Will Roney

Book Review – Will Solvit and the Deadly Gladiators

In Non-Fiction Writing, Uncategorized on July 21, 2010 at 12:58

Interactivity is a key challenge for authors these days, especially in the world of children’s fiction where the distractions range from 24 hour TV to games consoles. However, as any reader will tell you, the pictures in your head are often better than the ones presented to you. And this is the case with the new range of books from Zed Storm.

He has created an Adventurer called Will Solvit who goes on a series of adventures which all start at the family home, Solvit Hall. He has a range of tools and gadgets that help him on his quests, ensuring that he gets back home safely.

Each of the six books in the range are written for an audience aged around the 7-10 years old and have amazing stories to tell. In his books Will and his friend Zoë encounter dinosaurs, mummies and in the first of the reviewed books, Romans. All of these stories are told via words, cartoons, fact pages and what seem to be unintelligible lined boxes. It is only when you use the supplied ‘Decoder’ that the mystery of the boxes is revealed. They open up clues and hidden detail to the adventure that Will and Zoë is on, enhancing the story and making the reader involved more in the story.

Ancient Rome is the setting for the first book, and in it Will dines with Julius Caesar and witnesses the thrill and spectacle of the Gladiators in the Ring. Getting there by his own personal time machine, and helped by a distant ancestor, Will learns enough about the Romans to help him with a tricky piece of homework.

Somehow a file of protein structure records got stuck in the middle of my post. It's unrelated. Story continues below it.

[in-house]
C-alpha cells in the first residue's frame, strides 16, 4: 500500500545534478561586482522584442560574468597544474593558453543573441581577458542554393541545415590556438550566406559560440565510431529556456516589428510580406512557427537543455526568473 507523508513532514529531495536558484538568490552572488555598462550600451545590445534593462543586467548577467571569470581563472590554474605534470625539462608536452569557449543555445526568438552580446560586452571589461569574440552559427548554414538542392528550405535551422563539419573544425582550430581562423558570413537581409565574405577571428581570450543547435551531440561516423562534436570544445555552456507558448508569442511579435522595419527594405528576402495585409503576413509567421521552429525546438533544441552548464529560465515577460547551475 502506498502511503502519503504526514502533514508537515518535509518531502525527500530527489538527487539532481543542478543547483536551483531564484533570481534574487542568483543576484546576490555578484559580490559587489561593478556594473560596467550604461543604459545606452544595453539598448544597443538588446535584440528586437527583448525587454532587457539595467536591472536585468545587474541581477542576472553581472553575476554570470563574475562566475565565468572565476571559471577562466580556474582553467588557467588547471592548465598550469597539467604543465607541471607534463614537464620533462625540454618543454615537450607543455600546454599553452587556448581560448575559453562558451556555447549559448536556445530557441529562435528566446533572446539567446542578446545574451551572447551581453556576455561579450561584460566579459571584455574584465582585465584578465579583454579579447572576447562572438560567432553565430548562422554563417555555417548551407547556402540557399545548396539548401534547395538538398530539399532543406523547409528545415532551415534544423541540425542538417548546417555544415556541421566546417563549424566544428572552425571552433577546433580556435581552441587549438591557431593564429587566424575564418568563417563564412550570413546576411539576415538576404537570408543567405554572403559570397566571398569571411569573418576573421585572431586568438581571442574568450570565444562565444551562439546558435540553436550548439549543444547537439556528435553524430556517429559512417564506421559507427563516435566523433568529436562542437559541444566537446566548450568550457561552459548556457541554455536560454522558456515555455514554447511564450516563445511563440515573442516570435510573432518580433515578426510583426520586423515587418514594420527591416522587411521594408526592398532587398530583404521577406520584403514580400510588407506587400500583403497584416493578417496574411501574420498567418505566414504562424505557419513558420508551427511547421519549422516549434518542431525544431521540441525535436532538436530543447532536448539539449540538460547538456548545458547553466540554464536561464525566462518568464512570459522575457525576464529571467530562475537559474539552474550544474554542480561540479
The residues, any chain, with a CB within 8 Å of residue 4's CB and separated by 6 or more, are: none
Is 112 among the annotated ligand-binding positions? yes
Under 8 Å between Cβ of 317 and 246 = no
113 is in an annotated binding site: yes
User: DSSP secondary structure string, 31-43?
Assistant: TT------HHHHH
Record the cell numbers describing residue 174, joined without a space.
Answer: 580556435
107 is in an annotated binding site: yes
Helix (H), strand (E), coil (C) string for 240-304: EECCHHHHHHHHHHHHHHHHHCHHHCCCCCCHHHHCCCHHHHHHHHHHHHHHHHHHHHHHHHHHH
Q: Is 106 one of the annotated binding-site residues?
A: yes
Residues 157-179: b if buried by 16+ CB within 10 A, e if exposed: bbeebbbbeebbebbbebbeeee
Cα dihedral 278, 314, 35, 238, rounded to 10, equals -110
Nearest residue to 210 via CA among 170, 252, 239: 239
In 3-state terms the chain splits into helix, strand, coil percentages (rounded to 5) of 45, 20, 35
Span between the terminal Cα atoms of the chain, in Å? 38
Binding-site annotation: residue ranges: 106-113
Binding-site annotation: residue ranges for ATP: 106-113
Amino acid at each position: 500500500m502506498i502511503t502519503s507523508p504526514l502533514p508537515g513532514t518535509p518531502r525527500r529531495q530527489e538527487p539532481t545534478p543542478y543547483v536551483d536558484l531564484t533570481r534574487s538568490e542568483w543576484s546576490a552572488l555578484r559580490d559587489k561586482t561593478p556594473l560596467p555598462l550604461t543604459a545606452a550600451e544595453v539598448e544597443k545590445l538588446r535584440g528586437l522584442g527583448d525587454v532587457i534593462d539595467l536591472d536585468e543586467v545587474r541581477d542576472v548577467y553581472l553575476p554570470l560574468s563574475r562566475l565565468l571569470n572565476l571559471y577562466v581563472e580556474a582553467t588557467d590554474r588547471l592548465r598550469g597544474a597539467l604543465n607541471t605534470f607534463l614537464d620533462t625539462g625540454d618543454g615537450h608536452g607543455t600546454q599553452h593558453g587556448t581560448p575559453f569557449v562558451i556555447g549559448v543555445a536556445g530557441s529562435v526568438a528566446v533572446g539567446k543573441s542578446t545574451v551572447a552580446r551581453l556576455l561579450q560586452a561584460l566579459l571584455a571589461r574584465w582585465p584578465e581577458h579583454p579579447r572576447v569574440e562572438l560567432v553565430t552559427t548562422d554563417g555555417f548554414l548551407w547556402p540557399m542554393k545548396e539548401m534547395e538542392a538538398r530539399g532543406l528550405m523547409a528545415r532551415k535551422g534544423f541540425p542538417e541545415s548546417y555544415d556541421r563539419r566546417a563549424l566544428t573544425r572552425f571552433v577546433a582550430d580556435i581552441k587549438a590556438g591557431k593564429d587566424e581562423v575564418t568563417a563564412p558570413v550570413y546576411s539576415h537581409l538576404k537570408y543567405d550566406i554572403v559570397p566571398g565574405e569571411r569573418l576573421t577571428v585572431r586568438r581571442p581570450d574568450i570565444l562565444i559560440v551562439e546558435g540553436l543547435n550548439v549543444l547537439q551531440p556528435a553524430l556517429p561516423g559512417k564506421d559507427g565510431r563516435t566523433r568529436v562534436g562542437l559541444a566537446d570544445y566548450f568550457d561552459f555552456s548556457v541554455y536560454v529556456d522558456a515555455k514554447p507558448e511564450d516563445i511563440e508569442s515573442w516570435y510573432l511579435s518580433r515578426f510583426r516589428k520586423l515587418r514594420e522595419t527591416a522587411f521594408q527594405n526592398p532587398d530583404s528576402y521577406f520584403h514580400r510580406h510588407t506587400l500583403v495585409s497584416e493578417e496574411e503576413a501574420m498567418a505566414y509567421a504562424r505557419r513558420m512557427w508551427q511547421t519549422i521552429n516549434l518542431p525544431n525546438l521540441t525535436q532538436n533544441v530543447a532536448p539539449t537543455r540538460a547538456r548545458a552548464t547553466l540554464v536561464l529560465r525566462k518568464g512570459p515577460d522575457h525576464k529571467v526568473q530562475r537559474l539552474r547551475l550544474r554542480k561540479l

For the second book, Will and Zoe go into space to save the Earth from a race of aliens called Parteks, who are distantly evolved from cats. There is plenty in this book to satisfy any boy or girl who is started to get interested in the idea of space, as well as providing a good story to hang it all on.

In the series of books, Zed Storm has reawakened the gadet-friendly, story monster in me. There is plenty for any reader to get their teeth into, and it is made all the better because you are encouraged to get involved and learn a little too. Read it, and you will never see a child’s book in the same light again.

This book review was originally published on Family Friendly Working, a site packed with advice on flexible work for mums and dads.

Have you enjoyed this review? If you have, click through and buy the book HERE!

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